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save the Blue Tier

the dispute

Image of Halls Falls

Halls Falls, below the logging coupe - not the greatest but, hey, this is ours

Blue Tier Nature Recreation Area

- L. Nicklason

The Blue Tier is situated in the north east of Tasmania and is the most easterly extent of what is termed the North East Highlands. The closest major town is St. Helens, 24 km to the east, in the Break O'Day municipality. During the Regional Forest Agreement the local community contributed around 80 submissions to the Public Land Use Commission for the protection of the Blue Tier's cultural, natural, spiritual and ecological values. Upon the signing of the RFA in 1997 only the area around the summit was protected.

The Blue Tier campaign covers the area from Margurita Ridge (Goulds Country) to Emu Flat (behind Weldborough) and includes Lehners Ridge (Pyengana).

Currently 5,500 hectares of the Blue Tier is in a Reserve; this occurs above 600 m altitude and therefore does not include the forested slopes. There is also a 1,200 ha. reserve on the Weld River, the Frome Reserve and a small reserve on the Tasman Highway near Weldborough: the Myrtle Reserve. The intent of this campaign is to have these three areas (as well as other small patches of informal reserve within the area) combined into a viable reserve - a total of 13,600 ha. The protection of a further 6,000 ha is required to form the proposed Blue Tier Nature Recreation Area. This represents less than 4% of the State forest available to Forestry Tasmania in the Break O'Day Municipality (158,300 ha - NRM Strategy) of which 119,605 ha are already in provisional logging coupes (TCT Briefing paper). In reality the figure would be more like 2% as much of the area is usuitable for forestry activity. At least 500 ha within the proposed reserve have already been clearfelled and 200 ha a year are to be cleafelled under the current plan ..... gradually stripping the foothills bare and causing irreparable damage.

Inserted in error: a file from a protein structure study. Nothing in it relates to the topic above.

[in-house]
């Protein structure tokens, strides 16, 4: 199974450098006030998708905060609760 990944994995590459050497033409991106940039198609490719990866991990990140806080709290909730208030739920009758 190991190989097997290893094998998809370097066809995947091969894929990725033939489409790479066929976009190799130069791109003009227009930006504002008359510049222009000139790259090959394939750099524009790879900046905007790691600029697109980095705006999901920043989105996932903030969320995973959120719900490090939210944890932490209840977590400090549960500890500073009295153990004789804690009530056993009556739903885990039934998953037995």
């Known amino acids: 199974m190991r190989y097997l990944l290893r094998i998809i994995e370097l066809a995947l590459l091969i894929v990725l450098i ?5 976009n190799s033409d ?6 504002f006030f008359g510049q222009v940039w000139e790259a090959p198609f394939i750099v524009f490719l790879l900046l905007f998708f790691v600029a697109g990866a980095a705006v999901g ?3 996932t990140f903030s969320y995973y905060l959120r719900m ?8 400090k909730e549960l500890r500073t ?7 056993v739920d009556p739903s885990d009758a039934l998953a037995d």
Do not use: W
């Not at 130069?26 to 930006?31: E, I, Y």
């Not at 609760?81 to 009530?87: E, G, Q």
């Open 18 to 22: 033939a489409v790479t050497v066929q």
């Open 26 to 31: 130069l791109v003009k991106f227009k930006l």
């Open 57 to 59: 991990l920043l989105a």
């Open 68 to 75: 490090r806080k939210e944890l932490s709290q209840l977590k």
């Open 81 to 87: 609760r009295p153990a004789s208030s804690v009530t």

The Blue Tier is the icon of the Break O'Day municipality - rich in mining heritage and indigenous history, is home to some of Tasmania's most awe-inspiring giant trees (incuding the Blue Tier Giant with a girth of 19.4 m), rainforest (blackwood, sassafras, myrtle and celery top pine), tall eucalypts (E. regnans and obliqua) and massive tree ferns towering up to 9 m.

Through this ancient ecosystem flow pure creeks and rivers, tumbling over spectacular waterfalls. Four large rivers and their tributaries originate in the upper catchments of the Blue Tier, making this land mass the single core provider and source for most major river systems in North East Tasmania. The Ringarooma (Weld and Winifred rivers), Great Musselroe, Ansons and George (Ransom and Groom) Rivers all have their headwaters on the Blue Tier. The Groom and Ransom Rivers are Tasmania's best examples of rehabilated water courses (post mining in the early 1900s) and are classified as pristine. These rivers are habitat for platypus, freshwater crayfish and many sensitive aquatic bugs. The reason we still have good water quality is that the catchment is still intact.